Brain volume and flortaucipir analysis of progressive supranuclear palsy clinical variants.

07:00 EST 28th December 2019 | BioPortfolio

Summary of "Brain volume and flortaucipir analysis of progressive supranuclear palsy clinical variants."

Progressive supranuclear palsy (PSP) is a neurodegenerative tauopathy that is associated with different clinical variants, including PSP-Richardson's syndrome (PSP-RS), PSP-parkinsonism (PSP-P), PSP-corticobasal syndrome (PSP-CBS), PSP-frontal (PSP-F), PSP-progressive gait freezing (PSP-PGF) and PSP-speech/language (PSP-SL). While PSP-RS has been well-characterized on neuroimaging, the characteristics of the other atypical variants are less well defined and it is unknown how they compare to each other or relate to neuropathology. We aimed to assess and compare regional atrophy on MRI and [F]flortaucipir uptake on PET across PSP variants.


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This article was published in the following journal.

Name: NeuroImage. Clinical
ISSN: 2213-1582
Pages: 102152


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Medical and Biotech [MESH] Definitions

Neurodegenerative disorders involving deposition of abnormal tau protein isoforms (TAU PROTEINS) in neurons and glial cells in the brain. Pathological aggregations of tau proteins are associated with mutation of the tau gene on chromosome 17 in patients with ALZHEIMER DISEASE; DEMENTIA; PARKINSONIAN DISORDERS; progressive supranuclear palsy (SUPRANUCLEAR PALSY, PROGRESSIVE); and corticobasal degeneration.

A degenerative disease of the central nervous system characterized by balance difficulties; OCULAR MOTILITY DISORDERS (supranuclear ophthalmoplegia); DYSARTHRIA; swallowing difficulties; and axial DYSTONIA. Onset is usually in the fifth decade and disease progression occurs over several years. Pathologic findings include neurofibrillary degeneration and neuronal loss in the dorsal MESENCEPHALON; SUBTHALAMIC NUCLEUS; RED NUCLEUS; pallidum; dentate nucleus; and vestibular nuclei. (From Adams et al., Principles of Neurology, 6th ed, pp1076-7)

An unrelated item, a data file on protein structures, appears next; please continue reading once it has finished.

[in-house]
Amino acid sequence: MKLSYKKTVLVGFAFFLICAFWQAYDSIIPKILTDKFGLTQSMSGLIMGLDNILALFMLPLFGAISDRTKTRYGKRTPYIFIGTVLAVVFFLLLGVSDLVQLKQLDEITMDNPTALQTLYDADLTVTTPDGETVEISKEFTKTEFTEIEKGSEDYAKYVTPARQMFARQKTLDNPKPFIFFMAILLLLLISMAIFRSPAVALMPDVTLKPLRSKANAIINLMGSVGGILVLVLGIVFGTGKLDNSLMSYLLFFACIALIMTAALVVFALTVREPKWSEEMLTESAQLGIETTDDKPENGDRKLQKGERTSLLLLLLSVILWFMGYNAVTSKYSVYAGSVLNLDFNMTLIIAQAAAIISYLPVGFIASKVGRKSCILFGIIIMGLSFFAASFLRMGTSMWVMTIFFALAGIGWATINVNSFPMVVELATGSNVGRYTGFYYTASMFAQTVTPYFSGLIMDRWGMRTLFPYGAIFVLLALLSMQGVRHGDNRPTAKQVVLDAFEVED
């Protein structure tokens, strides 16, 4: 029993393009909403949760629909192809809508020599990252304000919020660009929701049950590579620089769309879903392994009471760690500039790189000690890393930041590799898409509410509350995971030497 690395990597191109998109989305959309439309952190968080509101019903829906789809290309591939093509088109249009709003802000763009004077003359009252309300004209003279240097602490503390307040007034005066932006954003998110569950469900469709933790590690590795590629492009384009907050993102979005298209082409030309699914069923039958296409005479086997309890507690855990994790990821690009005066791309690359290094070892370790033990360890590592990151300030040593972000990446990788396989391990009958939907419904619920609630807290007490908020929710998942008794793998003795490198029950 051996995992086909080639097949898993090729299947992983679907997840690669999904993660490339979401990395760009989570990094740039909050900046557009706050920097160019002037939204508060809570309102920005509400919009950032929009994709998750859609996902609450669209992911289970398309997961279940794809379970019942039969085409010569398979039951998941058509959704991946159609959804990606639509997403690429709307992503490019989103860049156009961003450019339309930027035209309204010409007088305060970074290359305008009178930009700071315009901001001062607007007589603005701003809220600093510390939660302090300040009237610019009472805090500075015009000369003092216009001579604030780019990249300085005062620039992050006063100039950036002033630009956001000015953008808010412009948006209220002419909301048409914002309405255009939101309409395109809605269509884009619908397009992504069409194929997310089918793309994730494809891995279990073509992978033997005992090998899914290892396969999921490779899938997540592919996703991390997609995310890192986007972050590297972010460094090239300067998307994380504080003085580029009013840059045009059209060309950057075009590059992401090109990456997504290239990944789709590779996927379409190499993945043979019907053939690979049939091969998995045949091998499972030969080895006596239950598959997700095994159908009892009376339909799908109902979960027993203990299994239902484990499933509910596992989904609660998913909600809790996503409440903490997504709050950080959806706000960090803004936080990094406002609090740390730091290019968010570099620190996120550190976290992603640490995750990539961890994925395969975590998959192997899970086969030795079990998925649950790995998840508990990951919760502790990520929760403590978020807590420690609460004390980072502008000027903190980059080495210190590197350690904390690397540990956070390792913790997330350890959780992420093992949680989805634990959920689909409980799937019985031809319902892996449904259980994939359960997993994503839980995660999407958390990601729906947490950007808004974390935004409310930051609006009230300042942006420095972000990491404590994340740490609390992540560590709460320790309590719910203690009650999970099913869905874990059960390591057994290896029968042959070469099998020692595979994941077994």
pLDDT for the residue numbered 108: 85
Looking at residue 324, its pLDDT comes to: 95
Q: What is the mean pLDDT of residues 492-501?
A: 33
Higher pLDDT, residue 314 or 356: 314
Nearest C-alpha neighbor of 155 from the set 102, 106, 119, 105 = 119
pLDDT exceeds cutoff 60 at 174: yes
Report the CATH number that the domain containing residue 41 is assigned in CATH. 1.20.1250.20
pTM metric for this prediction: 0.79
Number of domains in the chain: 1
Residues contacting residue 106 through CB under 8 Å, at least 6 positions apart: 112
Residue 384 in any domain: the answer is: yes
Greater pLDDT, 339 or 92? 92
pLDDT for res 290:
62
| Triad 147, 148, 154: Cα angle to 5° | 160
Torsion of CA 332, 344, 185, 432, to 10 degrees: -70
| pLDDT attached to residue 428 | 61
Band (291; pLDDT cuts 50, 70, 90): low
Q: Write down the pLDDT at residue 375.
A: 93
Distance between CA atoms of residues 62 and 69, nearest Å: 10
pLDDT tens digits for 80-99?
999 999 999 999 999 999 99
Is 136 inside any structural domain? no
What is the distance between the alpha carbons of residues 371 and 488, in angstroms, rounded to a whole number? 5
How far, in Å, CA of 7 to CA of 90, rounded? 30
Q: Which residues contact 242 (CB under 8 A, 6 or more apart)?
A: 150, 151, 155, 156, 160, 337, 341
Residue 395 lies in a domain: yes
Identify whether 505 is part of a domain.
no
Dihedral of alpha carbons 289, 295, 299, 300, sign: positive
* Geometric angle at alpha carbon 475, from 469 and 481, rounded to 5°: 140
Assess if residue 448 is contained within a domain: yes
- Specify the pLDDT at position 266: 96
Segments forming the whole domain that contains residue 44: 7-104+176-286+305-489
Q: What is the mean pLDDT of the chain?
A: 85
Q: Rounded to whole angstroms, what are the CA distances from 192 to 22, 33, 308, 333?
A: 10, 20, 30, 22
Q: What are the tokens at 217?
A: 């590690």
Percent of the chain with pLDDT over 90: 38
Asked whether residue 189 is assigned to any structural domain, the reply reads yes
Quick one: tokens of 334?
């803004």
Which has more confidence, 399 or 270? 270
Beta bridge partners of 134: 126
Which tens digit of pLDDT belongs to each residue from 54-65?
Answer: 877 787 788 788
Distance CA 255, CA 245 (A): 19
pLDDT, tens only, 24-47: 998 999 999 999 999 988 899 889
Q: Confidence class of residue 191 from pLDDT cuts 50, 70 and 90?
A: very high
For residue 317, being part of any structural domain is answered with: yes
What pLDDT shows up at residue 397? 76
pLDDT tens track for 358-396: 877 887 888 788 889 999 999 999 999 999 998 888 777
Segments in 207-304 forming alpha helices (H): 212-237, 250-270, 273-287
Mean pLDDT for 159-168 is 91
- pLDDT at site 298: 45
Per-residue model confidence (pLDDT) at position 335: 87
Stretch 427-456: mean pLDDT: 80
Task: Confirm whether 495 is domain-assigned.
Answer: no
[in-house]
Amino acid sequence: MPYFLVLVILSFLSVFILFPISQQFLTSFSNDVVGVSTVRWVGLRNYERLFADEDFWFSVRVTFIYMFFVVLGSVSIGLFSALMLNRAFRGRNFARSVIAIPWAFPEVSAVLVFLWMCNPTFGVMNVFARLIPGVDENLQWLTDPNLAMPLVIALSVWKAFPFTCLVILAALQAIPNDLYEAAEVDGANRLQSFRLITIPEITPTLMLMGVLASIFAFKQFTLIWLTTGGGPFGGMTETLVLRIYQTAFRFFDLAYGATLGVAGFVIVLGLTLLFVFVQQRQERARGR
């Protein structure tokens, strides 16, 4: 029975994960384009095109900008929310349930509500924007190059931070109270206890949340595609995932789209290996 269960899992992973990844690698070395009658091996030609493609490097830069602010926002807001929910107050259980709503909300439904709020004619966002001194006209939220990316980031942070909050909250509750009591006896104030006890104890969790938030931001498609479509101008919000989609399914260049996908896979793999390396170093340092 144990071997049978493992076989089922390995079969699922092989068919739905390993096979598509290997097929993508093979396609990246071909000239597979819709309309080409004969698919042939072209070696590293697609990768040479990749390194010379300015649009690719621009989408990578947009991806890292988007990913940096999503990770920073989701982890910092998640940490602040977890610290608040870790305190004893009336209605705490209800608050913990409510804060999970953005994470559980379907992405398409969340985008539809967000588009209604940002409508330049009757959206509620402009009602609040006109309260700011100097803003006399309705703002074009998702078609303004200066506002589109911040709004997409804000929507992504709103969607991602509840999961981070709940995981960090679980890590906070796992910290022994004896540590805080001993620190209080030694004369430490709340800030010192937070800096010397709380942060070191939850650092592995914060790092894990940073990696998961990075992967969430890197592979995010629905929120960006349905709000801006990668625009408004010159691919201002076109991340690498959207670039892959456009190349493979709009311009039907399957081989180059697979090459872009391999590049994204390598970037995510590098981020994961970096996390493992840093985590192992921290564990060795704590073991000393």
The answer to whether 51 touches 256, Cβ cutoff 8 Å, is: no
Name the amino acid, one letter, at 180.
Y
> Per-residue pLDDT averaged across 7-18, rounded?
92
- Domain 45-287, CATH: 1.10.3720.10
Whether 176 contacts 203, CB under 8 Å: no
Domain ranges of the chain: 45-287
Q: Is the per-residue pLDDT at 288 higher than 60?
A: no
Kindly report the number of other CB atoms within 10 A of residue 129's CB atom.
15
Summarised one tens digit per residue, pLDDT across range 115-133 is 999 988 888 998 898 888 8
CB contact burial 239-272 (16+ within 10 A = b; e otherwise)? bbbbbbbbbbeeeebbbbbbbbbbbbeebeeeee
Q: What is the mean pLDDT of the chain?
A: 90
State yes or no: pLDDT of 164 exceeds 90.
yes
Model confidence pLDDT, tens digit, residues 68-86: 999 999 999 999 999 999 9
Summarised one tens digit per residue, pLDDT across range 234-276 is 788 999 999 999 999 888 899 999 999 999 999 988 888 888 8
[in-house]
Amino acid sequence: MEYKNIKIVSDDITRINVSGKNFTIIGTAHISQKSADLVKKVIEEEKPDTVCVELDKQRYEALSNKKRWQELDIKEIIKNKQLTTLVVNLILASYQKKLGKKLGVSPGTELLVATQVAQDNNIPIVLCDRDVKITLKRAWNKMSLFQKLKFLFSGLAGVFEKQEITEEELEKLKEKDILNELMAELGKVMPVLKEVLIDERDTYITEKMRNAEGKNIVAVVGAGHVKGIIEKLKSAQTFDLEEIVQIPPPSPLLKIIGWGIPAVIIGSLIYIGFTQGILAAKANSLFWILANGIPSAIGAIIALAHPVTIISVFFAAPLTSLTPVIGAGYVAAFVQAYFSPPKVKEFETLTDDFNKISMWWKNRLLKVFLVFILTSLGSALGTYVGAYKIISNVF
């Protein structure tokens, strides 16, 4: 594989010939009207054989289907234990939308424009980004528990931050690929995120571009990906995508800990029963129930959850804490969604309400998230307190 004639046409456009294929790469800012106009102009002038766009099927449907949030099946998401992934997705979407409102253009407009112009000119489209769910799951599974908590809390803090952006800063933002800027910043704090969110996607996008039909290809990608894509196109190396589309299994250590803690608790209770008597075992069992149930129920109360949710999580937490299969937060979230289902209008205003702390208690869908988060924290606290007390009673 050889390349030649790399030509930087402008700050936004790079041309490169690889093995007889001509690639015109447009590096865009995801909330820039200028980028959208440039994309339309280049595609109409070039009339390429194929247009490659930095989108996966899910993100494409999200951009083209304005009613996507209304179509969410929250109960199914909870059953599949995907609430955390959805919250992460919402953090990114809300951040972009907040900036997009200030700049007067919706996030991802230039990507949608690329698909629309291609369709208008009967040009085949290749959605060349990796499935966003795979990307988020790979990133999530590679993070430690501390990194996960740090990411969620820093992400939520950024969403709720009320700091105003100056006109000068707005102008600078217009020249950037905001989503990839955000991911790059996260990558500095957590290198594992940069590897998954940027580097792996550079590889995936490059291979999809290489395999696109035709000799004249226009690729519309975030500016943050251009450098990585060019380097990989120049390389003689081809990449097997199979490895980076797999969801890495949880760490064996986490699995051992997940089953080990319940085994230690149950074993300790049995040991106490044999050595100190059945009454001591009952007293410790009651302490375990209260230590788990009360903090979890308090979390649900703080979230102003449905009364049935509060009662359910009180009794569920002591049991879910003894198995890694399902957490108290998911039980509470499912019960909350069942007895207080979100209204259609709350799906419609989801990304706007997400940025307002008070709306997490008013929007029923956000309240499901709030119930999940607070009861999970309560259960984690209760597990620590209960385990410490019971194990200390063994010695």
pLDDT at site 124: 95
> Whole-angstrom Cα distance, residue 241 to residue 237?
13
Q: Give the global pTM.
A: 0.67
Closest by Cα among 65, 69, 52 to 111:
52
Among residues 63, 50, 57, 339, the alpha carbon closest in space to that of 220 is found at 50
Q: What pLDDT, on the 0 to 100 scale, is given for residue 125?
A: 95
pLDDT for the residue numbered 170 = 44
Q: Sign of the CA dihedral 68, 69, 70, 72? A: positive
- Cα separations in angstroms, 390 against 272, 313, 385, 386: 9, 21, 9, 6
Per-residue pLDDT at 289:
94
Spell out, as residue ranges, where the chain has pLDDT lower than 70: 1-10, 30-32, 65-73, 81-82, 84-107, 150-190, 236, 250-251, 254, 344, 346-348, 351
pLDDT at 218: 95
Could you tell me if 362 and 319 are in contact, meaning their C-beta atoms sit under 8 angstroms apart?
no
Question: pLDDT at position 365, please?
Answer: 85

A motor neuron disease marked by progressive weakness of the muscles innervated by cranial nerves of the lower brain stem. Clinical manifestations include dysarthria, dysphagia, facial weakness, tongue weakness, and fasciculations of the tongue and facial muscles. The adult form of the disease is marked initially by bulbar weakness which progresses to involve motor neurons throughout the neuroaxis. Eventually this condition may become indistinguishable from AMYOTROPHIC LATERAL SCLEROSIS. Fazio-Londe syndrome is an inherited form of this illness which occurs in children and young adults. (Adams et al., Principles of Neurology, 6th ed, p1091; Brain 1992 Dec;115(Pt 6):1889-1900)

Diseases characterized by a selective degeneration of the motor neurons of the spinal cord, brainstem, or motor cortex. Clinical subtypes are distinguished by the major site of degeneration. In AMYOTROPHIC LATERAL SCLEROSIS there is involvement of upper, lower, and brainstem motor neurons. In progressive muscular atrophy and related syndromes (see MUSCULAR ATROPHY, SPINAL) the motor neurons in the spinal cord are primarily affected. With progressive bulbar palsy (BULBAR PALSY, PROGRESSIVE), the initial degeneration occurs in the brainstem. In primary lateral sclerosis, the cortical neurons are affected in isolation. (Adams et al., Principles of Neurology, 6th ed, p1089)

Volume of circulating blood in a region of the brain. It is a functional measure of the brain perfusion status which relates changes in this to changes in CEREBROVASULAR CIRCULATION that are often seen in brain diseases.

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